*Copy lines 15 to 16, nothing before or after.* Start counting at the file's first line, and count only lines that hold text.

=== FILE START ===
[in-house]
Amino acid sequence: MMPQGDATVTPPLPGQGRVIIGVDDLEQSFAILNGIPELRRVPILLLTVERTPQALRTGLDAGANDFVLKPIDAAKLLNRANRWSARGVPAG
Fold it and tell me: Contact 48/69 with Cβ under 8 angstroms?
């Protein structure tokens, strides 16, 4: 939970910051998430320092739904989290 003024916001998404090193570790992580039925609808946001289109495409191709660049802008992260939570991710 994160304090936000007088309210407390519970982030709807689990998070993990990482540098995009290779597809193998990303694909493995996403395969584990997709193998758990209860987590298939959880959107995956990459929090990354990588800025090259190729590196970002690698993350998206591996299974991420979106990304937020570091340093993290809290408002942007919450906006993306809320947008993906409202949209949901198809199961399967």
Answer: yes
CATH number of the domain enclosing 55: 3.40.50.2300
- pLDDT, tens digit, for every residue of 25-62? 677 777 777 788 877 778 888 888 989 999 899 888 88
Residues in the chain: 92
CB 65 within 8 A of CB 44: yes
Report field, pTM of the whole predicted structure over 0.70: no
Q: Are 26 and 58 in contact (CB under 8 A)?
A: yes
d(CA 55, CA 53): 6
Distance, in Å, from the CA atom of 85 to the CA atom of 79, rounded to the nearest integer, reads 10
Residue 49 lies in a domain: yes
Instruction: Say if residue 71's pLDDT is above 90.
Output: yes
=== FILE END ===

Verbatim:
Residue 49 lies in a domain: yes
Instruction: Say if residue 71's pLDDT is above 90.